Maybe Memorizing the Krebs Cycle Was Worthwhile After All – Medscape

By daniellenierenberg

Like most medical students, I struggled to memorize the Krebs cycle, the complex energy-producing process that takes place in the body's mitochondria. Rote learning of Sir Hans Krebs' eponymous cascade of reactions persists and has been cited as a waste of time in modern medical education. However, it looks like that specialized knowledge about mitochondrial structure and function may finally come in handy in the clinic.

Advances in genetics have contributed to improved diagnostic accuracy of a diverse spectrum of mitochondrial disorders. Respiratory chain, nuclear gene, and mitochondrial proteome mutations can lead to multisystem or organ-specific dysfunction.

A new potential treatment for mitochondrial disorders, elamipretide, has received orphan drug designation from the US Food and Drug Administration (FDA) and is in clinical trials sponsored by Stealth Biotherapeutics. [Dr Wilner has consulted for Stealth Biotherapeutics.] Recently I had the opportunity to interview Hilary Vernon, MD, PhD, associate professor of genetic medicine at Johns Hopkins University, Baltimore, Maryland, and an expert on mitochondrial disorders. Dr Vernon discussed her research on elamipretide as a treatment for Barth syndrome, a rare form of mitochondrial disease.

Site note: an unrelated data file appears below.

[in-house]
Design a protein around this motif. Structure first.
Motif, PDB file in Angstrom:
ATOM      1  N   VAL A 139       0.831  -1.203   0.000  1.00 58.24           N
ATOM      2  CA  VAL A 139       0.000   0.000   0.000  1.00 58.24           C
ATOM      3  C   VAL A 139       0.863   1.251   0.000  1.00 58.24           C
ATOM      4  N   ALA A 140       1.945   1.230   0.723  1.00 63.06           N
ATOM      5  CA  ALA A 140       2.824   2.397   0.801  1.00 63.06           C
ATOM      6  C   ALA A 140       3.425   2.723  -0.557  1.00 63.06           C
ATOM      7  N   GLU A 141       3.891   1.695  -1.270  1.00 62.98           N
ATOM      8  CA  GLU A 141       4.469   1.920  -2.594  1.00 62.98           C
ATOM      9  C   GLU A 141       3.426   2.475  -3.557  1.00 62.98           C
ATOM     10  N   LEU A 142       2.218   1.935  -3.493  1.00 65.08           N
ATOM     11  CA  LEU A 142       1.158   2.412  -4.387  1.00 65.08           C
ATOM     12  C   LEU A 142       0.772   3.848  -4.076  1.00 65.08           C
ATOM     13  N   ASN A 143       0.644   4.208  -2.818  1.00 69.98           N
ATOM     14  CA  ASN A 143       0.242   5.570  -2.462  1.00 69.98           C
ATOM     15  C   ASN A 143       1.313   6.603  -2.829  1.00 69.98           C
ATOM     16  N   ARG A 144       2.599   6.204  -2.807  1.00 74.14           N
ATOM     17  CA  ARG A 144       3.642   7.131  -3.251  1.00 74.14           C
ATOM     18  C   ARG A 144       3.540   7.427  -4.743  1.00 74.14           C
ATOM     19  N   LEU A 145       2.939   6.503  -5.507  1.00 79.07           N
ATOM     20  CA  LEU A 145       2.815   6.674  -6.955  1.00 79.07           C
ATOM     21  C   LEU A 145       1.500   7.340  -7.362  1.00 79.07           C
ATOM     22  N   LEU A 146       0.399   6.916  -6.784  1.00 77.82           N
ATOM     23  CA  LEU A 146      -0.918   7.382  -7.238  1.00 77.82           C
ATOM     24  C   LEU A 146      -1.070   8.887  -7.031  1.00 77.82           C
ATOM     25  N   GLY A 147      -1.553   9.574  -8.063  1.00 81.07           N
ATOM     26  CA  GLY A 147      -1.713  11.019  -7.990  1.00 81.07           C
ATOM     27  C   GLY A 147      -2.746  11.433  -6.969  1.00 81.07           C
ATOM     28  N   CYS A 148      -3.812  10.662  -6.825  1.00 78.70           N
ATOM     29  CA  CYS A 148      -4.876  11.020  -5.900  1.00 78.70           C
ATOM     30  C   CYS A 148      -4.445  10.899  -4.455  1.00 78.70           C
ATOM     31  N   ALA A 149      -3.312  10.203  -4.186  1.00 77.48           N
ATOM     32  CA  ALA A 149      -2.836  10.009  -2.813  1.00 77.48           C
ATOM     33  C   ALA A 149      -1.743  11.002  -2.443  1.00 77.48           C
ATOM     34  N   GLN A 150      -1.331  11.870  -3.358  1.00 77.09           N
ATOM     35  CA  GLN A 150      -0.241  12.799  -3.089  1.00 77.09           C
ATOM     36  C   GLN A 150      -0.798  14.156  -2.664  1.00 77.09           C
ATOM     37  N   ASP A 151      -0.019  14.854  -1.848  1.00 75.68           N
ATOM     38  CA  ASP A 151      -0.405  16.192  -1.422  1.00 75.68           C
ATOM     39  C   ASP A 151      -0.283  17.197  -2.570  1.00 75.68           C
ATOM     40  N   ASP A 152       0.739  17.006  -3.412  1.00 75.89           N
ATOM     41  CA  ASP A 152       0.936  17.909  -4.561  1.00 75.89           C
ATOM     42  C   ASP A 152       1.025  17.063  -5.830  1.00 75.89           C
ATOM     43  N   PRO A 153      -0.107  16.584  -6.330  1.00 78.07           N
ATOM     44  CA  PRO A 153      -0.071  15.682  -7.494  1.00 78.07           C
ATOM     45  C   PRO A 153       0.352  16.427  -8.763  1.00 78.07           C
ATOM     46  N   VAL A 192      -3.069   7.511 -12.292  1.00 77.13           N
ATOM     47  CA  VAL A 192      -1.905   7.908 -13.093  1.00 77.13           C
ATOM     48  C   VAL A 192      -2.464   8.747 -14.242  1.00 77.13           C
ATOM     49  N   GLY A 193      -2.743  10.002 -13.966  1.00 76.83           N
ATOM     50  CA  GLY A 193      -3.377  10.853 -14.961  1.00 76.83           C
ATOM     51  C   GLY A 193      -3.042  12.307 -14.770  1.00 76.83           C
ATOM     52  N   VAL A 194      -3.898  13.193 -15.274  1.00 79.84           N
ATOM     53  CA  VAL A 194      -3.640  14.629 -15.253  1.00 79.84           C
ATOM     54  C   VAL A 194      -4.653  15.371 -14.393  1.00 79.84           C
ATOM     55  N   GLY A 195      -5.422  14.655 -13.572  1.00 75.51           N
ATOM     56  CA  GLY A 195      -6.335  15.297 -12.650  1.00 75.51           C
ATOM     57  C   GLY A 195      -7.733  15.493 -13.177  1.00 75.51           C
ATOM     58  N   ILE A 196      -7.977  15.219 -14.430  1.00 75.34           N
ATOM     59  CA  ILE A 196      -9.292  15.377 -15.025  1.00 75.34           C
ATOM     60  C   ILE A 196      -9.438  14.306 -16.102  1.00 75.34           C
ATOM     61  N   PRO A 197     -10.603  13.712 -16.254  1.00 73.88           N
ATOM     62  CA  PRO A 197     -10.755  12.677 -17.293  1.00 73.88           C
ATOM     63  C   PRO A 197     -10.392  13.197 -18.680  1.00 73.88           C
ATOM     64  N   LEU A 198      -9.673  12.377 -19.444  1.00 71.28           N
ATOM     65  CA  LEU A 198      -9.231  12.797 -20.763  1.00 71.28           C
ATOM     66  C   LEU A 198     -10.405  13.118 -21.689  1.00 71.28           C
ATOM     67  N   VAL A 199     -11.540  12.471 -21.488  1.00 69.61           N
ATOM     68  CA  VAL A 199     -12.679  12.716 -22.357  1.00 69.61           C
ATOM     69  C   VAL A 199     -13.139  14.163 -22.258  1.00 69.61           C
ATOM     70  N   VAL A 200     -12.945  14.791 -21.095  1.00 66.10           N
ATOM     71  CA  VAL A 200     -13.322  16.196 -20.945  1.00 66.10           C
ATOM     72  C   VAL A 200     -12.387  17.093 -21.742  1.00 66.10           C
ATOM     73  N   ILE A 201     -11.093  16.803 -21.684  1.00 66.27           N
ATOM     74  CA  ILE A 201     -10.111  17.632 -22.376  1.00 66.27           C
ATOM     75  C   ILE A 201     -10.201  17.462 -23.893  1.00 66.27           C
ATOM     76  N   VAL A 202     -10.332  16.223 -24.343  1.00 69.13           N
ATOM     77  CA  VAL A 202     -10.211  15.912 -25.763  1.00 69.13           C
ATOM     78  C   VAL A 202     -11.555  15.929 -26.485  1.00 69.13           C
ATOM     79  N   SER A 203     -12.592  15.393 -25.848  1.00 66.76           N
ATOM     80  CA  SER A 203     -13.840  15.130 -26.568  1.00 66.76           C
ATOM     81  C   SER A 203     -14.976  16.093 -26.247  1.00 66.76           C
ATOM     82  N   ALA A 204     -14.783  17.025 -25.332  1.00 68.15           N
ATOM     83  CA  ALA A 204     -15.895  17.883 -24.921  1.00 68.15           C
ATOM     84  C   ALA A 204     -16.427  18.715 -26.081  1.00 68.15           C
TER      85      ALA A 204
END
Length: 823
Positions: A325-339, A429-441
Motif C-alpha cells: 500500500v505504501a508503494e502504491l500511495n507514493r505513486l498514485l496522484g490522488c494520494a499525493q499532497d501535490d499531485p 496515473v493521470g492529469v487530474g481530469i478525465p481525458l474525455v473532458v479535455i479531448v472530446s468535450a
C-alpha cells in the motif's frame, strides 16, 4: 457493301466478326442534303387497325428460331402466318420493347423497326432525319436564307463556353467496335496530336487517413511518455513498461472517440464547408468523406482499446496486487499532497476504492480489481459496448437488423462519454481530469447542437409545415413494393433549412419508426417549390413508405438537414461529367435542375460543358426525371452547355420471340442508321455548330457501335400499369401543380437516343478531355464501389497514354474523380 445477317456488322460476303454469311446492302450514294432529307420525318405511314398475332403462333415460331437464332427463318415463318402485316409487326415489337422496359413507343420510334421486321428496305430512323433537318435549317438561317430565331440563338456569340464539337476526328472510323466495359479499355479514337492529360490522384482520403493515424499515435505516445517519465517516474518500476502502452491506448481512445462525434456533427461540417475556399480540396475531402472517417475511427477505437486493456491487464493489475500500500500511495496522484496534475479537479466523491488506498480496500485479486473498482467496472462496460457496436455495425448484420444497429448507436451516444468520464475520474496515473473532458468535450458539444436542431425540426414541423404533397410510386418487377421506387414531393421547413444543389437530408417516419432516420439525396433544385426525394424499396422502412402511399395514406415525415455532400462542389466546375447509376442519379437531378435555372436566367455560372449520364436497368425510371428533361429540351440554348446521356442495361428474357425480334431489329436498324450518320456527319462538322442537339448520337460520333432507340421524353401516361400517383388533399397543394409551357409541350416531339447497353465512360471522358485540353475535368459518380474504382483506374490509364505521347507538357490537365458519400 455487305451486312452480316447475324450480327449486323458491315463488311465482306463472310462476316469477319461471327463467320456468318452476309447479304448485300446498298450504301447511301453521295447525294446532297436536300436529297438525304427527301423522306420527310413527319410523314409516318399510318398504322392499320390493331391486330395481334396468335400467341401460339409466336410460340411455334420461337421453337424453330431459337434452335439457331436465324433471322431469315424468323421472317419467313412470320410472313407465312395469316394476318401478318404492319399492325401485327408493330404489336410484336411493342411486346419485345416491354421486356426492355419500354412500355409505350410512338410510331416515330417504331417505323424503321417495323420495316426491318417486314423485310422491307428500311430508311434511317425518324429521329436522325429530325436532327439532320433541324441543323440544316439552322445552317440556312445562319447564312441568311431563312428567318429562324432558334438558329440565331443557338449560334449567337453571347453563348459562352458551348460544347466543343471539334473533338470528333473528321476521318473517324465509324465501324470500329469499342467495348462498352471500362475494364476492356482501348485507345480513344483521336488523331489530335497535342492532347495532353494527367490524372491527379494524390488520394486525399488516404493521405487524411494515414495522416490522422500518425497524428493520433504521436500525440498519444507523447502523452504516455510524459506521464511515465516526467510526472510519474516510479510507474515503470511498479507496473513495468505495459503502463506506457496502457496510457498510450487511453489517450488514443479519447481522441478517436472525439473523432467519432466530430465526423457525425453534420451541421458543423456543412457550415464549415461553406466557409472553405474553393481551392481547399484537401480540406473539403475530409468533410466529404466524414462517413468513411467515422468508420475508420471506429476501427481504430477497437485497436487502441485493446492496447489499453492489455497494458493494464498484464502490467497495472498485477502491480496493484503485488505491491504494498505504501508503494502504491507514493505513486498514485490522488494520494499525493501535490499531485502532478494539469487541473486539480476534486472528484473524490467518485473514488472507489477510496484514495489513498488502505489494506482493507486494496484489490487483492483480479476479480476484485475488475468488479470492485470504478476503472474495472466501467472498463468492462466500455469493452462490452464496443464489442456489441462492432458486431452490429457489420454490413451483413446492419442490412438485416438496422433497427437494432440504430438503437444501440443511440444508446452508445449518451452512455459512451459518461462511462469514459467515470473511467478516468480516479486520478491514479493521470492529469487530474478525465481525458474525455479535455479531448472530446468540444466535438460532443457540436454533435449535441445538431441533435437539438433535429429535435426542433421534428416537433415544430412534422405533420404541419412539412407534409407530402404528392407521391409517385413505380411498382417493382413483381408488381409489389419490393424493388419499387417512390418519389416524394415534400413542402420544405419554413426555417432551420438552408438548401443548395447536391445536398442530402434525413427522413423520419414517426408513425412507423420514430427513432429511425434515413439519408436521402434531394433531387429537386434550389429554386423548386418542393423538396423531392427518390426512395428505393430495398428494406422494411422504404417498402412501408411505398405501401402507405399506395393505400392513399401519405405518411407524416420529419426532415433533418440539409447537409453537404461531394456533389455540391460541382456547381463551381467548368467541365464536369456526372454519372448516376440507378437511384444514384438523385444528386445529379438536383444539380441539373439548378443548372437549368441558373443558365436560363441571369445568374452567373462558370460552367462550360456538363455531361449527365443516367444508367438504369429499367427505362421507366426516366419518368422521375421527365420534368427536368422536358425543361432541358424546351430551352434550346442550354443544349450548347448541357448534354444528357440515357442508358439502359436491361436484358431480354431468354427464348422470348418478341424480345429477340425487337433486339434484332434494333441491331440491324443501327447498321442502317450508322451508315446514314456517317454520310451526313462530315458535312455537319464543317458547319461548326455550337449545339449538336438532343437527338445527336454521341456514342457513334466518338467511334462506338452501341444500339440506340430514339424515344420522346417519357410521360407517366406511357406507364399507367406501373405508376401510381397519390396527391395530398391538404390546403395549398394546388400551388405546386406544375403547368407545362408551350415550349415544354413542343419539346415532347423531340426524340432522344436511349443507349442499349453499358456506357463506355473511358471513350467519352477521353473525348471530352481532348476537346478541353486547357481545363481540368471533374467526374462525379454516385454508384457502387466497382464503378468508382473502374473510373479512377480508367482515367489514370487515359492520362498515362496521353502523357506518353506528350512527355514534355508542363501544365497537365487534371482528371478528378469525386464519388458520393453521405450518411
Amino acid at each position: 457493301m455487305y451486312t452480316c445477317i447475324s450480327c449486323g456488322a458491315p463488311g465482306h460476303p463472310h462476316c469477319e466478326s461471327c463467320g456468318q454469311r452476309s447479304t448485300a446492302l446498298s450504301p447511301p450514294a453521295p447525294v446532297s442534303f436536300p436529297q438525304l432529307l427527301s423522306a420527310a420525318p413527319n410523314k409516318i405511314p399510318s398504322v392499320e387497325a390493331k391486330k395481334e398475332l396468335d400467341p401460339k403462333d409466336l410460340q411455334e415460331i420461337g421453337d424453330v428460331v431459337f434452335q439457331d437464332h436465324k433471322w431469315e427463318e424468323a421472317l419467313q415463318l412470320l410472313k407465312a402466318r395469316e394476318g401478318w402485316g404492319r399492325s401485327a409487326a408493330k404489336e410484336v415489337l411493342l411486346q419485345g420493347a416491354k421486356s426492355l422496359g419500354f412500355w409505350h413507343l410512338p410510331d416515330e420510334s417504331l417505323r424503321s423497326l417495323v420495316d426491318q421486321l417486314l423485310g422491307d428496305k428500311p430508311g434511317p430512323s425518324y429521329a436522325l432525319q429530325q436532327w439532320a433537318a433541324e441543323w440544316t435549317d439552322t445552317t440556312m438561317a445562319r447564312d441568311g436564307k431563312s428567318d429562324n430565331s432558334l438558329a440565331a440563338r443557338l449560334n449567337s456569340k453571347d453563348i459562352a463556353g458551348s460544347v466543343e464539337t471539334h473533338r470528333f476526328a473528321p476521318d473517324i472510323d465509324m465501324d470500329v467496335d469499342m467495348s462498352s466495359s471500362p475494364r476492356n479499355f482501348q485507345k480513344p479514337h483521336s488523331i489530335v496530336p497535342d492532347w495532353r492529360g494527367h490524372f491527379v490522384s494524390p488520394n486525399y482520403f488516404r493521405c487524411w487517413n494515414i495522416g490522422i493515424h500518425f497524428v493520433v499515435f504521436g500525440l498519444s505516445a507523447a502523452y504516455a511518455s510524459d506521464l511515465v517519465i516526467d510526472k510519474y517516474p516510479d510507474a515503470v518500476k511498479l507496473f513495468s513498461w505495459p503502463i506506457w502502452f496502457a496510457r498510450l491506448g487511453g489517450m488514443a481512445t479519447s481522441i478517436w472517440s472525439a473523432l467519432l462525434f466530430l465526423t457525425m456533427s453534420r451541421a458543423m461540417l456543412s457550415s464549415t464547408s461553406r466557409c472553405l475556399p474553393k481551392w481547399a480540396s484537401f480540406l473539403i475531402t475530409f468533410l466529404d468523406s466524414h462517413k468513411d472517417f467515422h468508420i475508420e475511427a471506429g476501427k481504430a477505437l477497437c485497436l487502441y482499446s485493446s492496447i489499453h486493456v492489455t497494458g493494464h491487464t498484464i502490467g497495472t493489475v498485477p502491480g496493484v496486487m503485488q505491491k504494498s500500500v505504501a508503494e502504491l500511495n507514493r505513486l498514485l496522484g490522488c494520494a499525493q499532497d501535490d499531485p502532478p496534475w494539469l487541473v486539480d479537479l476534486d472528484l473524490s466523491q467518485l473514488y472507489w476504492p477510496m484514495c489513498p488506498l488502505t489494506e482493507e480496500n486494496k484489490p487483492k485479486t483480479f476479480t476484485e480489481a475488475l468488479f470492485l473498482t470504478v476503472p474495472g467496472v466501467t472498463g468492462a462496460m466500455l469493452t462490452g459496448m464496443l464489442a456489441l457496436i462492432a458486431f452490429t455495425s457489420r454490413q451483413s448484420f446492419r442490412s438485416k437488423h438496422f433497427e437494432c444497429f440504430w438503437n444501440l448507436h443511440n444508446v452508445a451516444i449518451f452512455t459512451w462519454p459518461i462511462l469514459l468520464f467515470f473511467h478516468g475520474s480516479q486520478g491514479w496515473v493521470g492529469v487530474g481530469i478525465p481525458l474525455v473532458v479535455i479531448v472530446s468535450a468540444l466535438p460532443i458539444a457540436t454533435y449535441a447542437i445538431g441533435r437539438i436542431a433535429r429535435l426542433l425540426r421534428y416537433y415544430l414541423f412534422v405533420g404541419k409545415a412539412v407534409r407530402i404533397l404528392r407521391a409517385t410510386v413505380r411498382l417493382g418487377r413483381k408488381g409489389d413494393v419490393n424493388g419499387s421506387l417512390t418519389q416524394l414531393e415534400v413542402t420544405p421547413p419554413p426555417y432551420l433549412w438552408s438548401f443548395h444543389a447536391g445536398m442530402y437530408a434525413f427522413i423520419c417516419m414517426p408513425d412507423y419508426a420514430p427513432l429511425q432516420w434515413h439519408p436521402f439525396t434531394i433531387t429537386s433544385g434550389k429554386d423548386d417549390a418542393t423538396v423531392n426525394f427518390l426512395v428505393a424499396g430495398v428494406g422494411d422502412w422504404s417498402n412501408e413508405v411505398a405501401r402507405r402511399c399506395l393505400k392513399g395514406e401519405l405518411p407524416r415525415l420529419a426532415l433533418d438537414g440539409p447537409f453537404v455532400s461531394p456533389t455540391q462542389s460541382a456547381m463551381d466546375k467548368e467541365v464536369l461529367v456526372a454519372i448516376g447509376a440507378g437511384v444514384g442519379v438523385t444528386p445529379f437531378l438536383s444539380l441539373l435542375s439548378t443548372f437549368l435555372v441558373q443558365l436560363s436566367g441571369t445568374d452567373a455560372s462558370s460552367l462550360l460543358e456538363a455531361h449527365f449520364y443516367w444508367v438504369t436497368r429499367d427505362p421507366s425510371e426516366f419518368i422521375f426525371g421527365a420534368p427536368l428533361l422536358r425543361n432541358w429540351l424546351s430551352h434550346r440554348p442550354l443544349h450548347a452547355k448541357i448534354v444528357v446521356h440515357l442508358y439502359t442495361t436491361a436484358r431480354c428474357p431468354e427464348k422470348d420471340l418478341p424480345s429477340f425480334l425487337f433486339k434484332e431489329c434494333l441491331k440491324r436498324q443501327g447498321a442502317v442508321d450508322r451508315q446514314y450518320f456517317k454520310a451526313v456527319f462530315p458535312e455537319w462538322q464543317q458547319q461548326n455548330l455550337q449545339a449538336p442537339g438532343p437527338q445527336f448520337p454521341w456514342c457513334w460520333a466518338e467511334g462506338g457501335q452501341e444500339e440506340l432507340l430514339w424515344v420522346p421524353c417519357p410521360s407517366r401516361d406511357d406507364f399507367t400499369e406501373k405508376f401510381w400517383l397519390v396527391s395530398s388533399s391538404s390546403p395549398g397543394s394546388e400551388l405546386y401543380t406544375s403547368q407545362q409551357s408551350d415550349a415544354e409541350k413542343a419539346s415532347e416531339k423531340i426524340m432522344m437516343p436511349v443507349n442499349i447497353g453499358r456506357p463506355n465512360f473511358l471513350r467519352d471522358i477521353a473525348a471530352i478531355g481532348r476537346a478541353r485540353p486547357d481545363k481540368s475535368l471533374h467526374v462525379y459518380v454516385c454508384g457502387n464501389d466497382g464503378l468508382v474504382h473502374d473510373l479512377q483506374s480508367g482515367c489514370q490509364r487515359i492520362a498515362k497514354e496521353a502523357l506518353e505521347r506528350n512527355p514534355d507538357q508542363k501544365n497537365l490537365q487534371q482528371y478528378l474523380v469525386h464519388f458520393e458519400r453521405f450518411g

I am the director of the Mitochondrial Medicine Center at Johns Hopkins Hospital. I work with individuals from infancy through adulthood who have mitochondrial conditions. I became interested in this particular area when I was early in my pediatrics/genetics residency at Johns Hopkins and saw the toll that mitochondrial disorders took on patients' lives and the limited effective therapies. At that point, I decided to focus on patient care and research in this area.

Mitochondrial disorders can be difficult to recognize because of their inherent multisystem nature and variable presentations (even between affected members of the same family). However, there are several considerations that should raise a clinician's suspicion for a mitochondrial condition. Ascertaining a family history of disease inheritance through the maternal line can raise the suspicion for a mitochondrial DNA disorder. Identification of a combination of medical issues in different organ systems that are seemingly unrelated in an individual (ie, optic atrophy and muscle weakness or diabetes and hearing loss) can also raise suspicion for a mitochondrial condition.